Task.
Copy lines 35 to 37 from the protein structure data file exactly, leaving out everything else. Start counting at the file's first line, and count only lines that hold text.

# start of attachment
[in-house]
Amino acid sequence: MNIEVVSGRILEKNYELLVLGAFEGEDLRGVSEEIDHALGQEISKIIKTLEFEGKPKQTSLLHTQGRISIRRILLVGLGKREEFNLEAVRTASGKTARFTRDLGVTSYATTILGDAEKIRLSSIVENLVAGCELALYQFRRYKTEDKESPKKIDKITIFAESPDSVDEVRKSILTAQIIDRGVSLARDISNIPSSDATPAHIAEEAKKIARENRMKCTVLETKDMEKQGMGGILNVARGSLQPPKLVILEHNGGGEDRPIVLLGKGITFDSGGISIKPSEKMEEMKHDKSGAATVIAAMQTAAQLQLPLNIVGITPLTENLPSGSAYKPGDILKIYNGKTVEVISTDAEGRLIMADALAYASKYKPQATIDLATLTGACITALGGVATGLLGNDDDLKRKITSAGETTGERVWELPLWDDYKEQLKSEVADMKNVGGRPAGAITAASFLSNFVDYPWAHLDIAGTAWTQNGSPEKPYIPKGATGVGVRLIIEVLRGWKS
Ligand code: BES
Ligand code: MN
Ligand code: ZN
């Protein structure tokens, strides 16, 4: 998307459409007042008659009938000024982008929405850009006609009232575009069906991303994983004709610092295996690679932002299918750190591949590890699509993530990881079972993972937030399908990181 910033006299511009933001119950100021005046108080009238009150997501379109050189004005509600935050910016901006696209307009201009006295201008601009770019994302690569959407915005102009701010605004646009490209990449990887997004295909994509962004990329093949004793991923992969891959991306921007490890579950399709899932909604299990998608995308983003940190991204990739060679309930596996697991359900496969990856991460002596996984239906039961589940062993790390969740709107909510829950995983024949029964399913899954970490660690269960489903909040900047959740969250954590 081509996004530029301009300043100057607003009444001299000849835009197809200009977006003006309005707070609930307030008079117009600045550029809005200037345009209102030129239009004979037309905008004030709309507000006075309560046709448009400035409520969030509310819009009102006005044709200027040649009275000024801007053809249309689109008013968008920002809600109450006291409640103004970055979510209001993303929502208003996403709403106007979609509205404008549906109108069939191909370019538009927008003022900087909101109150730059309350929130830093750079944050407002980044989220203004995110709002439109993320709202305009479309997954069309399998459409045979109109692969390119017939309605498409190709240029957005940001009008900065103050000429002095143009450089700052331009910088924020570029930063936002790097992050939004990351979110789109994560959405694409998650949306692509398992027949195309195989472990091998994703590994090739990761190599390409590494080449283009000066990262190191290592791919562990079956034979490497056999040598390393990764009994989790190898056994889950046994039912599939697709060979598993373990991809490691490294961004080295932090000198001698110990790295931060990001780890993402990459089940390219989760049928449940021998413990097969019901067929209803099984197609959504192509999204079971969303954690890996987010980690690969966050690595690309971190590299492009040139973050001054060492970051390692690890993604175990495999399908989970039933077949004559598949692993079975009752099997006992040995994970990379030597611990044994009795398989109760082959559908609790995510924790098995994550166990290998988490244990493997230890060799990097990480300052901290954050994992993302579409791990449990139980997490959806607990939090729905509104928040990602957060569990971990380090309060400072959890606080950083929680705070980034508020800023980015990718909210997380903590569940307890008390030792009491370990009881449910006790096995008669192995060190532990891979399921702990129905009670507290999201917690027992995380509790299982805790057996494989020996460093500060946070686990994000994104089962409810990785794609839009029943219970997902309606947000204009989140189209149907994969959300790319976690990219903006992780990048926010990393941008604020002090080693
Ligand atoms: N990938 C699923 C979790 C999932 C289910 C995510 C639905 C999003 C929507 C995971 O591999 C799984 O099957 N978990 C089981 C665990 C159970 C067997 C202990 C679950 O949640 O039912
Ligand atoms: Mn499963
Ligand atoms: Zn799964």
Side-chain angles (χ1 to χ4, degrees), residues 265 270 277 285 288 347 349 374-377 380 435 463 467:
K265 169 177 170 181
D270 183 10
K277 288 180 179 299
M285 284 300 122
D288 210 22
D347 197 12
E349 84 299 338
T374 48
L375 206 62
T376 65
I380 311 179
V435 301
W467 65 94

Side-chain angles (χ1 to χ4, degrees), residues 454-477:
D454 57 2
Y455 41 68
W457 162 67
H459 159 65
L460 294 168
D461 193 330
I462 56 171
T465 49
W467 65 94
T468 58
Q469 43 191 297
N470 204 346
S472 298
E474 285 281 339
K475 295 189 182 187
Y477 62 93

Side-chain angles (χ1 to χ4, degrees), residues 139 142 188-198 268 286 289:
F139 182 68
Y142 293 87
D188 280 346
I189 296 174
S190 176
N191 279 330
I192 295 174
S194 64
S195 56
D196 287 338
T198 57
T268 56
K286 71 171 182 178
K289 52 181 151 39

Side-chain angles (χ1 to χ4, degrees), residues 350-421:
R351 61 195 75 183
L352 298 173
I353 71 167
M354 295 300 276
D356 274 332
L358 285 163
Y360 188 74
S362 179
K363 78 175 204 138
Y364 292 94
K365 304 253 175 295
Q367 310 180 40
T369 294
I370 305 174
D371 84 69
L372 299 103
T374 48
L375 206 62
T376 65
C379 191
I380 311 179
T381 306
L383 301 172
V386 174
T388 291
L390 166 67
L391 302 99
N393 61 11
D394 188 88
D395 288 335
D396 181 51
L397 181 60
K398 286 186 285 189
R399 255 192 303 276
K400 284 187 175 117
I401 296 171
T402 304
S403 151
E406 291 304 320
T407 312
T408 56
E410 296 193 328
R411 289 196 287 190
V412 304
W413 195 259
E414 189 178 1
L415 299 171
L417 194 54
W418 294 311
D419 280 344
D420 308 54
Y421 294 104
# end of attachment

Q469 43 191 297
N470 204 346
S472 298